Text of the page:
How to Survive Medical School: Histology & Physiology

I’ve begrudgingly realized that vacation is coming to a close. In a little over two weeks, I’ll be back in class (okay…at home) . Many of you are soon to start your first year of medical school and I would be surprised if you aren’t a bit nervous. My greatest concerns, I’ll admit, were academic in nature. I found it difficult to find legitimate advice about first year courses. In far too many blogs, MS1s compared medical school to drinking out of a firehose.

Okay sure, they aren’t wrong. Okay sure, I’ve said that myself. Yet, I found those blog posts  to be anything but helpful.

Continue reading

How to Survive Medical School: Anatomy, Biochemistry, Embryology, Genetics, & Neuroscience

It’s official: I am not longer a first year medical student. Two weeks ago, I completed my third neuroscience examination and with that, my first year curriculum at TUSOM. I’m giddy albeit apprehensive. The end of first year does not, unfortunately, mark the beginning of summer. Here at TUSOM, we complete first year with neuroscience (this is a six week course that terminates early May) and swiftly plunge into second year material. Next week marks the end of the immunology/inflammation block and our brief introduction to pharmacology and pathology. And that is why I am both excited but terrified. The immunology/inflammation block concludes with an examination on May 29th (my birthday–huzzah!?) and then I am free until the first week of August. I. cannot. wait. for. summer.

Now that I have survived my first year of medical school (I still can’t believe it!), I figure it is as good as time as any to share pearls of wisdom in regard to the first year curriculum at TUSOM: anatomy, biochemistry, embryology, genetics, neuroscience, and physiology. Some readers have emailed me / tweeted me / messaged me about the academic nature of medical school and I’ve been working my way through those responses. I realized that other readers / future readers may have the same questions; thus, here begins a series of blog posts: How to Survive Medical School. I found that many inquiries have been about anatomy. In an earlier post, I shared the personal aspects of my experience in anatomy lab. Although I vaguely mentioned / vented about anatomy coursework on both this blog and the Twitterverse, I have not really shared specifics about the academic aspect of the course. I know, I know — better late than never, right?

Continue reading

“And as a special treat, he took me to the pathology lab and took a real human brain out of the jar and placed it in my hands. And there it was, the seat of human consciousness, the powerhouse of the human body, sitting in my hands.” ― Aditi Shankardass

“Today, I held a human brain.”

That was how I started the conversation. Not with hello. Not with any of the standard greetings with which I am well acquainted. It was as though the experience of which I spoke rendered me mannerless. And she responded: “how did you feel about it?” This particular friend has an habit of responding to statements with either (1) “oh, how was that?” or (2) “how did you feel about that?” For some reason, I could never predict when she would ask either of those questions; I never had an eloquent response prepared.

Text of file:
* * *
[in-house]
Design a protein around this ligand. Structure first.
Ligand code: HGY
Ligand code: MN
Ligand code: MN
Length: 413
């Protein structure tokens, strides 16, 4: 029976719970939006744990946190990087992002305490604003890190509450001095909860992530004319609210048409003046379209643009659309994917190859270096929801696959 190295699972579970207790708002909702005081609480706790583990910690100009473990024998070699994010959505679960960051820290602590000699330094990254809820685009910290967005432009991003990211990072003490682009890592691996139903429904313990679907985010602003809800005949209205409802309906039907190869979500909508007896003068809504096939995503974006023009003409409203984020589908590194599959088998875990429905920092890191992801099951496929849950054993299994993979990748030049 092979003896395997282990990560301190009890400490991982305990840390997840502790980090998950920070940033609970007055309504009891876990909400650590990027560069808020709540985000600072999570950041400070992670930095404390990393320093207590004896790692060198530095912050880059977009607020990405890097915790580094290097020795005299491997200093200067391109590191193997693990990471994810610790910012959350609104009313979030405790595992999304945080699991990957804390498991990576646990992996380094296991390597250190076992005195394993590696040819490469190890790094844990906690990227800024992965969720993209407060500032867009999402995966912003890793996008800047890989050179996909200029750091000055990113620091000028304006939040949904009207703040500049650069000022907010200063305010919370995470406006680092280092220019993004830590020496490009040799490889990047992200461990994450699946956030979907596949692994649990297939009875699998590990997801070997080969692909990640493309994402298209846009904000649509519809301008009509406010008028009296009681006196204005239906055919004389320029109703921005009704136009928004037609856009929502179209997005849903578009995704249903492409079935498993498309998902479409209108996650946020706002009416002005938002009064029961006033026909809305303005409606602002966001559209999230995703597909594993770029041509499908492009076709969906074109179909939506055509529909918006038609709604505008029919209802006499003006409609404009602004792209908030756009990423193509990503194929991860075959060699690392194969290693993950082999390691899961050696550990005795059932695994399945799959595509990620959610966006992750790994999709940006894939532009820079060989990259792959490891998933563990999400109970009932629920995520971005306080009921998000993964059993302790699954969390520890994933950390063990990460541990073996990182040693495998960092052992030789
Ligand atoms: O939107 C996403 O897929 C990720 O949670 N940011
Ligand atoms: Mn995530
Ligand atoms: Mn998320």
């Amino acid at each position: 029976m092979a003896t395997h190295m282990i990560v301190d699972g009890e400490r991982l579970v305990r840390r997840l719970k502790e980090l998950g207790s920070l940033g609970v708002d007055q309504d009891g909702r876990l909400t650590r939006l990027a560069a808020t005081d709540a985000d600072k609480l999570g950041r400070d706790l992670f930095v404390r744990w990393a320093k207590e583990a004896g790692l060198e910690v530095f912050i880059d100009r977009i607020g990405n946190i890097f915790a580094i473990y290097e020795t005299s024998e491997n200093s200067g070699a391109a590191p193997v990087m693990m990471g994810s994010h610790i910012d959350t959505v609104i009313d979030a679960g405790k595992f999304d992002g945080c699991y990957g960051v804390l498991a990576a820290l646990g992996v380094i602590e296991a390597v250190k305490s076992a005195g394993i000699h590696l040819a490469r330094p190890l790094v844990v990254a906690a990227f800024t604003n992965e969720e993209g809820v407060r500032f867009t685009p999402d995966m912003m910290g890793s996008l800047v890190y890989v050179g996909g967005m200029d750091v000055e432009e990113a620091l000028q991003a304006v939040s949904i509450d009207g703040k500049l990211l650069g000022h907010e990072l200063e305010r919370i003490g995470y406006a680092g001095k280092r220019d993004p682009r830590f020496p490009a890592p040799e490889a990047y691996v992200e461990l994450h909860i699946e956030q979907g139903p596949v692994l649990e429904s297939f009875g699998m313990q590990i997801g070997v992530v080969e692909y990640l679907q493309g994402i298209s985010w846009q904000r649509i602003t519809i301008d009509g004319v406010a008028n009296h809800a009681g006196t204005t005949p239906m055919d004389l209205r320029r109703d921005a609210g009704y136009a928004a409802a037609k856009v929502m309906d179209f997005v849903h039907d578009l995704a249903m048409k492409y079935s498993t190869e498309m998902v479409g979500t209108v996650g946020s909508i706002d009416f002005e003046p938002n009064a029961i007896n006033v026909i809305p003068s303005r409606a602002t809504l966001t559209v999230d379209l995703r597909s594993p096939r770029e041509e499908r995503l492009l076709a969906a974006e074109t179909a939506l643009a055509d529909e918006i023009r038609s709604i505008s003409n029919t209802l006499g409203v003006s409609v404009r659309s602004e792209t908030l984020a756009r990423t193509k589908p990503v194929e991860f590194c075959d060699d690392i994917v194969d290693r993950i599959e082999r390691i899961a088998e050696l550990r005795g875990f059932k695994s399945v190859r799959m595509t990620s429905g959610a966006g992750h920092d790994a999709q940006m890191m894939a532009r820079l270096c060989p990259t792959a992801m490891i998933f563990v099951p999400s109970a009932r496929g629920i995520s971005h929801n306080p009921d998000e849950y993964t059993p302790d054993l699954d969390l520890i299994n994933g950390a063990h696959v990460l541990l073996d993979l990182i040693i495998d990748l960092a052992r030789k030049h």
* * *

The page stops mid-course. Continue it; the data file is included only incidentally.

“Oh.”I sat cross-legged on the floor of my apartment; I had a copy of Netter’s Atlas opened to the colorful sketches of the brain. There was really no comparison between the color-coded brain in the atlas and the brain I was able to study in the anatomy lab. “I…I don’t know. There was the initial shock factor which was soon followed by awe and humility. In that moment, I was holding the cadaver-donor’s personhood. In a way, it felt really personal.” In previous posts, I made half-promises to: (1) comment on my experience in anatomy, (2) address resources I used to survive the course, as well as (3) resources for the shelf exam. I think I may cover all of those aspects in upcoming posts but as I am on vacation / in a pensive mood, this post will serve primarily as a reflection.

Continue reading

Liebster Award

You may have noticed that over the past few months, my blog has been…barren. In that period of time, I began and finished anatomy and embryology. Last Friday, we took the NBME Anatomy Shelf exam — a national anatomy exam — and tomorrow we begin the integrated curriculum (full steam ahead for Biochemistry, Genetics, Physiology, and Histology). In a few days, I’ll share a reflection on my experience with anatomy (and embryology?), some information about how to prepare for the NBME Anatomy Shelf (what I did and what I wish that I did), and more updates about my life at TUSOM!

Over the past few months, I’ve received a few nominations for the Liebster Award and I want to take the time to thank the individuals who nominated my blog and to answer some of the questions the nominators sent my way.

Continue reading

“This is a new year. A new beginning. And things will change.” ― Taylor Swift

If I had to describe the last four weeks in one word, I’d go with whirlwind. Rather than bore you with prologue and pretense, I’ll just jump into a recap.

Four weeks ago: (1) my roommates moved in, (2) I finished MPH summer coursework, and (3) celebrated the end of summer courses. My roommates — Grace & Amanda — moved in and they are absolutely phenomenal human beings; I feel pretty lucky to have such great roommates. Both Grace and Amanda were able to join in on festivities.

Brittani — one of my friends in the MPH program — suggested that we throw a party to celebrate the end of MPH classes. Every good party has a theme (#amiright) and we decided to have a curry cook-off. Ben and Emi respectively made Taiwanese and Japanese curries and Brittani b(r)ought Jamaican curry.

Continue reading